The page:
“Chest pain associated with infection of the lungs is often described as a sharp, aching pain on one side that gets worse when breathing deeply. This is called pleuritic chest pain. It may also feel like pressure or tightness inside the chest wall”.
“Other tests for lung infections, such as pneumonia and acute bronchitis, may include”:
- “Blood tests or cultures”.
- “Arterial blood gases”.
- “Transtracheal mucus cultures (rarely done)”.
- “Lung biopsy”.
- “Computed tomography (CT) scan”.
“Chest X–rays can detect cancer, infection or air collecting in the space around a lung (pneumothorax). They can also show chronic lung conditions, such as emphysema or cystic fibrosis, as well as complications related to these conditions”. (26 Apr 2018).
4. YouTube Videos – Lung Infection
5. Questions on the Lungs:
“People with a lung infection typically experience a sharp, aching pain on one side of their chest that worsens when they breathe in deeply. This is called pleuritic chest pain. It can also feel like a tightness or pressure inside of your chest wall”. (18 May 2017).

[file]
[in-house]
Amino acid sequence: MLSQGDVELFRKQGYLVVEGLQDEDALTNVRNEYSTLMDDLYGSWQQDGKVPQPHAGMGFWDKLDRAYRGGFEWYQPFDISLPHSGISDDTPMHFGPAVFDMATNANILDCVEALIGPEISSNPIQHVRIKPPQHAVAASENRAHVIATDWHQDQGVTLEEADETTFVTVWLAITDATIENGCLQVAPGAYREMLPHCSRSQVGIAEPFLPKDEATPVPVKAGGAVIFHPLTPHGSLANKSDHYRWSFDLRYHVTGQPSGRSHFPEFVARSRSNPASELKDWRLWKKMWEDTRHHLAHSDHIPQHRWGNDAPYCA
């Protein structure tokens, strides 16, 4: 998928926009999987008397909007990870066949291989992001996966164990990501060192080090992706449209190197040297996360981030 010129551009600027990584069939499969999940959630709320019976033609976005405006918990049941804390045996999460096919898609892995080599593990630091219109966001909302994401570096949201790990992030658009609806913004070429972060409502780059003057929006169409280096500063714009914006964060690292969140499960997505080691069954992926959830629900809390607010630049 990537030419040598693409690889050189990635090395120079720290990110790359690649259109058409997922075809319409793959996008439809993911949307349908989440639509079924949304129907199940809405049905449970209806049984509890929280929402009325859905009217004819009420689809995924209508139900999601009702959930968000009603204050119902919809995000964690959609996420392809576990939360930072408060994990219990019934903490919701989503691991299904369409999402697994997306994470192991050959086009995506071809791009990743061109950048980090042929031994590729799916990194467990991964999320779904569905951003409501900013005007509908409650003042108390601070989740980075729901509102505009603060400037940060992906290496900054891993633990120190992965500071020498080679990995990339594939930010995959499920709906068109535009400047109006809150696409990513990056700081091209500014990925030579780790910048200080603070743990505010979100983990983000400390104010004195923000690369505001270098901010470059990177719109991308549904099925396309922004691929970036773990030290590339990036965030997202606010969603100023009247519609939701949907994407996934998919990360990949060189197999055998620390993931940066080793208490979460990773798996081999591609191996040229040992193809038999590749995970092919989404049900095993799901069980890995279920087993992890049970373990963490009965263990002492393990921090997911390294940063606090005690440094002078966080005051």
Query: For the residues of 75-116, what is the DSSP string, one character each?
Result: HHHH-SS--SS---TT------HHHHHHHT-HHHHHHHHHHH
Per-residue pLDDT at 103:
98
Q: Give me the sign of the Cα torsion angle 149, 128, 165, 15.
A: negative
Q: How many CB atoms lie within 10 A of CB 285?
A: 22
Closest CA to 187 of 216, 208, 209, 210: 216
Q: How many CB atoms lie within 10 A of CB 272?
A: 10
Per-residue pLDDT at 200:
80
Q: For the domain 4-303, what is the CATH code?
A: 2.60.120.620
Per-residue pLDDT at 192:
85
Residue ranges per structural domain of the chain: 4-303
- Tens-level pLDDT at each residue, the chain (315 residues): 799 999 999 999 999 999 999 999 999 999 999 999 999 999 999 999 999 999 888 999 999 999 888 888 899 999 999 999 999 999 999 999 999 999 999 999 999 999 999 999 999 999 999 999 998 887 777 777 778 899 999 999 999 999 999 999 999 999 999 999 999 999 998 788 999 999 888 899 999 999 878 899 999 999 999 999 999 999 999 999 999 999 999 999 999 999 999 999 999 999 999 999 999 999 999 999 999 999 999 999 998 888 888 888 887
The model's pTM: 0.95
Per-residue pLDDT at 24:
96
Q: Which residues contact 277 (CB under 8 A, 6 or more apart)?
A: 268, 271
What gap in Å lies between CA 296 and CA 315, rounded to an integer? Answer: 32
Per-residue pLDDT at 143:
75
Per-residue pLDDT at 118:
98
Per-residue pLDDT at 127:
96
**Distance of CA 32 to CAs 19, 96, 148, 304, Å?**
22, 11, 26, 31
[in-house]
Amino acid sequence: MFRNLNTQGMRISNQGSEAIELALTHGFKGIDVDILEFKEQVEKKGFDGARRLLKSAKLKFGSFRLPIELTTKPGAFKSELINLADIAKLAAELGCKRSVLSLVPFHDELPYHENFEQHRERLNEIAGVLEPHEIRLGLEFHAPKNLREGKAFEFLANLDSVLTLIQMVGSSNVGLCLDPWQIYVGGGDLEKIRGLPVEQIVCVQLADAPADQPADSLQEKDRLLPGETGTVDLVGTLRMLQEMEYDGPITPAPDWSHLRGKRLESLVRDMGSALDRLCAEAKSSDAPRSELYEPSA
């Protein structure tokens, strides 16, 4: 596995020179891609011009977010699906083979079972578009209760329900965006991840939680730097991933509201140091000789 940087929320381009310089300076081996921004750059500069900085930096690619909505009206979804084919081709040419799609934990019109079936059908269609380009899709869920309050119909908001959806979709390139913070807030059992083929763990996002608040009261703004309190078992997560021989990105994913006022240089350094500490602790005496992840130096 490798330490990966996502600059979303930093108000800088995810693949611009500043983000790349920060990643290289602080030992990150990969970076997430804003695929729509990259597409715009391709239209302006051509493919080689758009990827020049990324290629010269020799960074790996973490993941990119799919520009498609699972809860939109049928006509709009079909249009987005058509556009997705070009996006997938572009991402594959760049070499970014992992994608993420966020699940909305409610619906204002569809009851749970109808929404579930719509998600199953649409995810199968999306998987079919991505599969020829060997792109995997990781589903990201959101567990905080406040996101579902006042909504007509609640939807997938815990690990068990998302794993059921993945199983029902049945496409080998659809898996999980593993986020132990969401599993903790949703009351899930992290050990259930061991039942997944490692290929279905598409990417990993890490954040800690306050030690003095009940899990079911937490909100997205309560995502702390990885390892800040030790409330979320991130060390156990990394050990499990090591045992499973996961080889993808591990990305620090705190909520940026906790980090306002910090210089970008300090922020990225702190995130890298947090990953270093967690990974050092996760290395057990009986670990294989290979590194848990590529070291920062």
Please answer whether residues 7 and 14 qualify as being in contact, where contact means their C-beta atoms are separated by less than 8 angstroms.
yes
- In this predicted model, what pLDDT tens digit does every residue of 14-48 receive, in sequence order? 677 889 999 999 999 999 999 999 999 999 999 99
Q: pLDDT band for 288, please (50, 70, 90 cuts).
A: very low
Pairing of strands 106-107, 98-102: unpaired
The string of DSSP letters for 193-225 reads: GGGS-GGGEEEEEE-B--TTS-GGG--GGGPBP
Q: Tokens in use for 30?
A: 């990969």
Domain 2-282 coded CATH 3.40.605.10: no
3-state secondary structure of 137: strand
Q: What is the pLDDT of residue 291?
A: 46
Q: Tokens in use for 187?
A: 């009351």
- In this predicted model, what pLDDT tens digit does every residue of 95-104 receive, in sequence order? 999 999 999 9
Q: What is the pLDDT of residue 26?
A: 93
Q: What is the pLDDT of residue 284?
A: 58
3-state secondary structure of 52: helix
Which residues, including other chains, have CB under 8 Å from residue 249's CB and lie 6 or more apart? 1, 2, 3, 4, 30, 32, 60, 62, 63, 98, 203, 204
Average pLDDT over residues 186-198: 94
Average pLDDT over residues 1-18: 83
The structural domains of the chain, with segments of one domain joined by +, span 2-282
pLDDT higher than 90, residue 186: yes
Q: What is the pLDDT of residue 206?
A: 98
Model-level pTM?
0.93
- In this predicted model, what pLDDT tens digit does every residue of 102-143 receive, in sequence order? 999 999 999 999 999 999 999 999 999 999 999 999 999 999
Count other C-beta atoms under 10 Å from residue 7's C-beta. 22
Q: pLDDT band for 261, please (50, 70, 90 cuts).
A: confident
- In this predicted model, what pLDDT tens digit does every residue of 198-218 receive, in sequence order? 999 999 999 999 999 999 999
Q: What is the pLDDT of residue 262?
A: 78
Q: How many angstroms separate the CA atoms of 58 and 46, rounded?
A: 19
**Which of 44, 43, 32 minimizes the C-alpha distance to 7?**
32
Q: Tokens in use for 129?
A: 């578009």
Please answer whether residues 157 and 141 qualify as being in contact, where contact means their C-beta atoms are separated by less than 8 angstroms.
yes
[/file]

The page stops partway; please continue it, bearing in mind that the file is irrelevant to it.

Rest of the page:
“The difference between acute and chronic bronchitis is the length of time the symptoms last. In acute bronchitis, symptoms occur more than five days, and can last up to three weeks. In chronic bronchitis, symptoms last for at least three months of the year during two consecutive years”.
“Chronic obstructive pulmonary disease (COPD) is an umbrella term for a number of lung diseases that prevent proper breathing. Three of the most common COPD conditions are emphysema, chronic bronchitis and chronic asthma that isn’t fully reversible. … There is no cure for COPD, and the damaged airways don’t regenerate”. (30 Nov 2013).
“Chronic obstructive pulmonary disease makes it increasingly difficult for a person to breathe. It is not currently possible to cure or reverse the condition completely, but a person can reduce its impact by making some treatment and lifestyle changes”. (15 Nov 2018).
“From front to back the lungs fill the rib cage but are separated by the heart, which lies in between them. The air that we breathe in enters the nose or mouth, flows through the throat (pharynx) and voice box (larynx) and enters the windpipe (trachea)”.
“Living with one lung doesn’t usually affect everyday tasks or life expectancy, though a person with one lung wouldn’t be able to exercise as strenuously as a healthy person with two lungs, said Dr. Len Horovitz, a pulmonologist at Lenox Hill Hospital in New York City”.